Green Tractor Talk banner

1 - 17 of 17 Posts

·
Registered
Joined
·
442 Posts
Discussion Starter #1
First off I’m a diesel mechanic and I don’t usually work on gas powered stuff. My daughters rifle coach has a 20 year old son who beat his 2011 ram to the point that the engine has seized. He still has 4 years of payments to make on it. I offered to replace the engine to help save them some money. I have found a replacement engine with 50k miles on it. Is there anything I should do to this engine before installing it to help prevent future problems? Other than putting a block under the go pedal? Thanks
 

·
Premium Member
Joined
·
4,321 Posts
Yea
Replace the driver
Seriously, check the exhaust manifold, replace the gasket and retorque if it’s a hemi. They’re real work horses but those years on up have developed premature exhaust leaks
 

·
Premium Member
Joined
·
16,950 Posts
Yea
Replace the driver
Seriously, check the exhaust manifold, replace the gasket and retorque if it’s a hemi. They’re real work horses but those years on up have developed premature exhaust leaks
Best advice you can tell the rifle coach, give the kid a tricycle or a bicycle to use. Anyone that smart doesn't deserve to be driving anything I'm making payment on.
If he is smart enough to destroy the engine, hopefully he would be smart enough to get his hands dirty to help remove and install the replacement engine. If nothing else to go get or find tools for you, for me he wouldn't be in the house playing video games, no head sets on and no smartphone in his hand. 20 yrs old or 16 yrs old.
 

·
Registered
Joined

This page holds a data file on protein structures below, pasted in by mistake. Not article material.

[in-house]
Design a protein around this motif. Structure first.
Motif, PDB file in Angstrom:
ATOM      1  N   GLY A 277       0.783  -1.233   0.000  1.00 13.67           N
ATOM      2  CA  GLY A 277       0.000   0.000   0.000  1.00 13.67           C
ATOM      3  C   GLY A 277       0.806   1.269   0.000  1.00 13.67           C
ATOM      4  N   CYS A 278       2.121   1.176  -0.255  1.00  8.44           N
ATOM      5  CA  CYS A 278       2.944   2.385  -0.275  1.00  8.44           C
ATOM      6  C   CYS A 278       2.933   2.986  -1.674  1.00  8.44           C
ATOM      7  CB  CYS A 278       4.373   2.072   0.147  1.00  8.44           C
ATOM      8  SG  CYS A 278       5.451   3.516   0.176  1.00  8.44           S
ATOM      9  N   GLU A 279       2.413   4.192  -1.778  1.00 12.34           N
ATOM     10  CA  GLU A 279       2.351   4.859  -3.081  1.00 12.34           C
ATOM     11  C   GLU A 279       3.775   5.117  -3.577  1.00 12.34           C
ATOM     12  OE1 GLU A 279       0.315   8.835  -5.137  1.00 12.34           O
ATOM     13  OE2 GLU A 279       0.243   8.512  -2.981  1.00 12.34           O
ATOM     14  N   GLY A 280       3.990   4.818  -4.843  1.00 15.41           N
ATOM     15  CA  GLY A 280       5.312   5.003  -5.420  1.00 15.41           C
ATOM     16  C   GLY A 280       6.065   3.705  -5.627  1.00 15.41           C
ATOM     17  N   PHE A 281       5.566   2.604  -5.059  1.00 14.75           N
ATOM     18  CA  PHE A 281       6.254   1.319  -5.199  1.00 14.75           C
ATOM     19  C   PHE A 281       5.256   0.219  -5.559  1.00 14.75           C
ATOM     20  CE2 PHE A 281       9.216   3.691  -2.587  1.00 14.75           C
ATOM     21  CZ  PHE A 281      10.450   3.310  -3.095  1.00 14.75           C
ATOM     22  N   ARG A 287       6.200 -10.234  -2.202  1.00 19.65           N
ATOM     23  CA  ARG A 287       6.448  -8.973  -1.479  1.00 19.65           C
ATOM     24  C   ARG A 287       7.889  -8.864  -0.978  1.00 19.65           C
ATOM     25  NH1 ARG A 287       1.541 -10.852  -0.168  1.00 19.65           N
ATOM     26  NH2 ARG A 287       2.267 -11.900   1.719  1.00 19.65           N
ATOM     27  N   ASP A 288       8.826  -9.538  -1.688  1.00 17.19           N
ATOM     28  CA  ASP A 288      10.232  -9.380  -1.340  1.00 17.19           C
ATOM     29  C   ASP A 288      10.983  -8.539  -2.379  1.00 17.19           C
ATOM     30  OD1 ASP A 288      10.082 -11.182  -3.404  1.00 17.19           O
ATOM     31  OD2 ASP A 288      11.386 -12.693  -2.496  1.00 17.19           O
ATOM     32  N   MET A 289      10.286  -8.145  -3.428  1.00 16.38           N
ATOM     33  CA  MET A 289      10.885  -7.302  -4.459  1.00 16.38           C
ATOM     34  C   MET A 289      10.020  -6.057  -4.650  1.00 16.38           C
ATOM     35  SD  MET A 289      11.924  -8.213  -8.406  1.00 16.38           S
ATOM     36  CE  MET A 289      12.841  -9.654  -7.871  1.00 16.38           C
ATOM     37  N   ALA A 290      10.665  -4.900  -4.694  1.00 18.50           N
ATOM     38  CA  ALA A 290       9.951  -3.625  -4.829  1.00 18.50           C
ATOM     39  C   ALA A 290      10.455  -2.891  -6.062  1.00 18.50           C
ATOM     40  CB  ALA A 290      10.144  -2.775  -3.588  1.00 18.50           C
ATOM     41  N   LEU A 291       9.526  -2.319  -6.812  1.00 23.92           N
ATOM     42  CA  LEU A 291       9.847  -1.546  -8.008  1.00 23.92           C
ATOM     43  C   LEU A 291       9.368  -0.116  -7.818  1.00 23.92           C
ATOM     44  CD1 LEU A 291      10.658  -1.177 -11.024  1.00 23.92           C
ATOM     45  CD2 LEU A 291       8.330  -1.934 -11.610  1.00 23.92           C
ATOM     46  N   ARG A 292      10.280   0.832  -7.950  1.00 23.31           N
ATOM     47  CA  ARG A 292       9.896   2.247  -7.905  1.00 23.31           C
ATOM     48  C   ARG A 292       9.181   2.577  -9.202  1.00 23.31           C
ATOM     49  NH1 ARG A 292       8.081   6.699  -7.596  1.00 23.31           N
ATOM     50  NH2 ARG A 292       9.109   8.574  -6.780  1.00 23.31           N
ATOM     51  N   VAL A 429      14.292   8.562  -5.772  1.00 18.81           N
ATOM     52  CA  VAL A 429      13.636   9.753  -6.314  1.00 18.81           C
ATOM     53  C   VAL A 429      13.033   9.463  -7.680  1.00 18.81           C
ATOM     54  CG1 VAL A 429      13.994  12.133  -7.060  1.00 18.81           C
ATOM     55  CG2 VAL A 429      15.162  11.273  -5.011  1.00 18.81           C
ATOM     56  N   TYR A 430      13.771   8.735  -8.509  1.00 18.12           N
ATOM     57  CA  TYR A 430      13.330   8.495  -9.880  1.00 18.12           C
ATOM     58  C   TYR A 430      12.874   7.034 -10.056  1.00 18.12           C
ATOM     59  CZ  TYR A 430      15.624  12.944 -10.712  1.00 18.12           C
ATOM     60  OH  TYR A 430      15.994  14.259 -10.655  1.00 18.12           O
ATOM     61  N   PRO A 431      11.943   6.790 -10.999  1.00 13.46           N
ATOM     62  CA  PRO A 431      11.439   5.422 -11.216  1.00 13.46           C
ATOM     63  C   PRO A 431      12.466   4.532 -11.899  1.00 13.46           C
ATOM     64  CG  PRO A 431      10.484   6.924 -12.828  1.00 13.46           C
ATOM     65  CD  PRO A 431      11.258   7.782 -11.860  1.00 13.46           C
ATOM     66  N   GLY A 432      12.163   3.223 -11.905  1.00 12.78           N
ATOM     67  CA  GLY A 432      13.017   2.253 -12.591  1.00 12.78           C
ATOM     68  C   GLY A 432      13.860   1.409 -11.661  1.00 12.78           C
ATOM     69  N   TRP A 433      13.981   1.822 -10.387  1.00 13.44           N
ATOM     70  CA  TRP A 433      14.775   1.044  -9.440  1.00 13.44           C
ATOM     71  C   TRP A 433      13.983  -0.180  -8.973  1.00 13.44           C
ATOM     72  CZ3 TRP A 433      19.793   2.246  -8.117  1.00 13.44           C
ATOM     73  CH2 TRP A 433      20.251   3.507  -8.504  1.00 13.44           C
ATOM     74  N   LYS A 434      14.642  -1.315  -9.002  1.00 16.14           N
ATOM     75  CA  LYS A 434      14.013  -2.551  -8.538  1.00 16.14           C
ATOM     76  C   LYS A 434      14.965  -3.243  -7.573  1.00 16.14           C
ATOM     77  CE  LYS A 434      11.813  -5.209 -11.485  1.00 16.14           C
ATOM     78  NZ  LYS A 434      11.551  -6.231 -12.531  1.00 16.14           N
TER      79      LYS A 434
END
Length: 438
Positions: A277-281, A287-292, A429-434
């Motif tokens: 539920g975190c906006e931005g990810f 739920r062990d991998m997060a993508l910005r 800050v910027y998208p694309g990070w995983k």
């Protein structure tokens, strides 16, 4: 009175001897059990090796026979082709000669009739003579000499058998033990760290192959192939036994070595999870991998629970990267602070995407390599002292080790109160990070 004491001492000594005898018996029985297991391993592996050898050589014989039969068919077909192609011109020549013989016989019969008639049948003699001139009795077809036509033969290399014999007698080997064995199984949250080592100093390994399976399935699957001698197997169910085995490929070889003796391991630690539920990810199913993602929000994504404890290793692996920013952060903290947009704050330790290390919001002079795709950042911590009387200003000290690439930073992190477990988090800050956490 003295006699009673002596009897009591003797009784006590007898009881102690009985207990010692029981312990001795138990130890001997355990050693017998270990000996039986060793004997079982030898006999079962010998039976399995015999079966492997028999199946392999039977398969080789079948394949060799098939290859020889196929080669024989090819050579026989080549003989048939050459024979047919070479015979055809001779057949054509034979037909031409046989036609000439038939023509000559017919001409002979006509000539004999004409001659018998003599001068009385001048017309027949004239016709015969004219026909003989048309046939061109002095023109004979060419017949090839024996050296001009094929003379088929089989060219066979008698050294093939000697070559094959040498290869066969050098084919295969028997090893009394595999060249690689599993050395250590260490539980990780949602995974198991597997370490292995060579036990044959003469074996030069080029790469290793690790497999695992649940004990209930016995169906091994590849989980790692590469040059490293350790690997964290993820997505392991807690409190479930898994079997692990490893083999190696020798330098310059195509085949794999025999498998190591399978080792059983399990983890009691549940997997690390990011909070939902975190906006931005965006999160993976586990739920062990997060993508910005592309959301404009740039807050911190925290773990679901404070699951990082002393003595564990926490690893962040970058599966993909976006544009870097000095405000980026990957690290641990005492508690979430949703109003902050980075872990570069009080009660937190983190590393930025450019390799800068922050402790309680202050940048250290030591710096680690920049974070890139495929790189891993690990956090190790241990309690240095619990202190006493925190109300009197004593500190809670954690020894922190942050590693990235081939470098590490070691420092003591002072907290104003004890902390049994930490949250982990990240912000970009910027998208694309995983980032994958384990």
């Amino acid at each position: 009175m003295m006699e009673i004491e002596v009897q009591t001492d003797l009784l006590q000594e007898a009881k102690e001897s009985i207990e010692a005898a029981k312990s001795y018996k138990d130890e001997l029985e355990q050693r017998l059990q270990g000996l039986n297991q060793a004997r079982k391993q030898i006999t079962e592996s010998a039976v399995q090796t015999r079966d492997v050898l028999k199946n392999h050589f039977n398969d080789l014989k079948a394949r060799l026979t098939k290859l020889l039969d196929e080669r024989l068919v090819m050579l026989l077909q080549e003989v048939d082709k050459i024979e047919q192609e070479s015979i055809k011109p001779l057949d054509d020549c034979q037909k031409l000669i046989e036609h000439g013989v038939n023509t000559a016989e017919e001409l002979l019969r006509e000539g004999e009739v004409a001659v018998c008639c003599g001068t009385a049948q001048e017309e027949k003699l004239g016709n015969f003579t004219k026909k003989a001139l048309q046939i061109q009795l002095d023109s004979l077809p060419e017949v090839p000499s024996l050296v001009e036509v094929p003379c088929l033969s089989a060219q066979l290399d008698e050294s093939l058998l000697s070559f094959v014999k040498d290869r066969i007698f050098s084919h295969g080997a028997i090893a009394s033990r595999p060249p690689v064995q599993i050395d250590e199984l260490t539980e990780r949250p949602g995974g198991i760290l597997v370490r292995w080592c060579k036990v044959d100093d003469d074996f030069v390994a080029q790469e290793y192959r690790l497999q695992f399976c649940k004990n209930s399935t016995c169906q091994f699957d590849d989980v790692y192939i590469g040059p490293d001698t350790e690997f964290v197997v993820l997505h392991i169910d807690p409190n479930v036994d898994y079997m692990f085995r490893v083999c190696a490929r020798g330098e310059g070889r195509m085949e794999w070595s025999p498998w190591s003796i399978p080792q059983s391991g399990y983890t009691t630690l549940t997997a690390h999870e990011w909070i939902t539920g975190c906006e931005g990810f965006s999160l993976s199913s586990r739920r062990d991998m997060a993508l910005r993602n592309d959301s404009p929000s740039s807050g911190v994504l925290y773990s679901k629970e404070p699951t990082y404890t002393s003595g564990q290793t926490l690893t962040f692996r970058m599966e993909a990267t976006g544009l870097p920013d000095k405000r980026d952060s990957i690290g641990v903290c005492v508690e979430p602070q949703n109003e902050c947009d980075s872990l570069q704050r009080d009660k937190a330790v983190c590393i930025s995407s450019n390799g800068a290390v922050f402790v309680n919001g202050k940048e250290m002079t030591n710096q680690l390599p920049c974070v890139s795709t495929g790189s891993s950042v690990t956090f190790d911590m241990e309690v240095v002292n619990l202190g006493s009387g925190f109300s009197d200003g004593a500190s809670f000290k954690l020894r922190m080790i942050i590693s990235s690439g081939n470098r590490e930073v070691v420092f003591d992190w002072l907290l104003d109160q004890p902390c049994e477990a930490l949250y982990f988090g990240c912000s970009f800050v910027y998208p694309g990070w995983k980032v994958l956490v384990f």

·
1,528 Posts
What did he do to destroy the engine? Run it out of oil?

As others have said, the driver is far more of a problem than the 5.7L Hemi. They are good engines. The exhaust bolt breakage was one of the only problems I heard anything about from that era of Rams (I had a 2010 until 2017).

How does one end up with a 4+ year loan on a 10 year old vehicle? I didn't think banks go that long on vehicles that old.

Rob
 
  • Like
Reactions: Jimmy Walker

·
Registered
Joined
·
442 Posts
Discussion Starter #7
He’s not a bad kid just immature. Has no real direction in life. Works on a dairy farm. One of those that works hard and probably always will. Would benefit greatly from some time in the military. He told me the engine started making noise and stopped. The shop he took it to told him it’s seized and junk. He is aware I’m not working for free and he will be helping. How he got a loan for more than 3 years is not my concern. I will check exhaust manifold gaskets before the replacement goes in. Thank you for the reply’s
 

·
Registered
Joined
·
60 Posts
I have a 2012 Durango with a 5.7L Hemi. It's been emitting a smell during high rev acceleration and up hills when higher revs are needed. Been in the dealer shop 3 times for other stuff (coolant line, AC line, oil change) and they say they can't find anything else wrong. The smell is a burning rubber smell. The only reason I bring it up is that another poster said something about the engines from around that time. If anyone has any ideas, I'm all ears.
 

·
Registered
Joined
·
175 Posts
Immature huh. Well nothing makes people figure their $%@ out faster than having to pay hard-earned money for breaking things because of carelessness. Lol. At least that helped me learn a few things. I also learned when it's okay to buy cheap stuff and when it's actually cheaper to buy the expensive stuff.
 

·
Registered
Joined
·
293 Posts
That kid needs some "skin-in-the-game." But that's not your issue to address. Hemi is a good engine, but like anything else, do the routine maintenance and it should run a long time.
 

·
Registered
Joined
·
212 Posts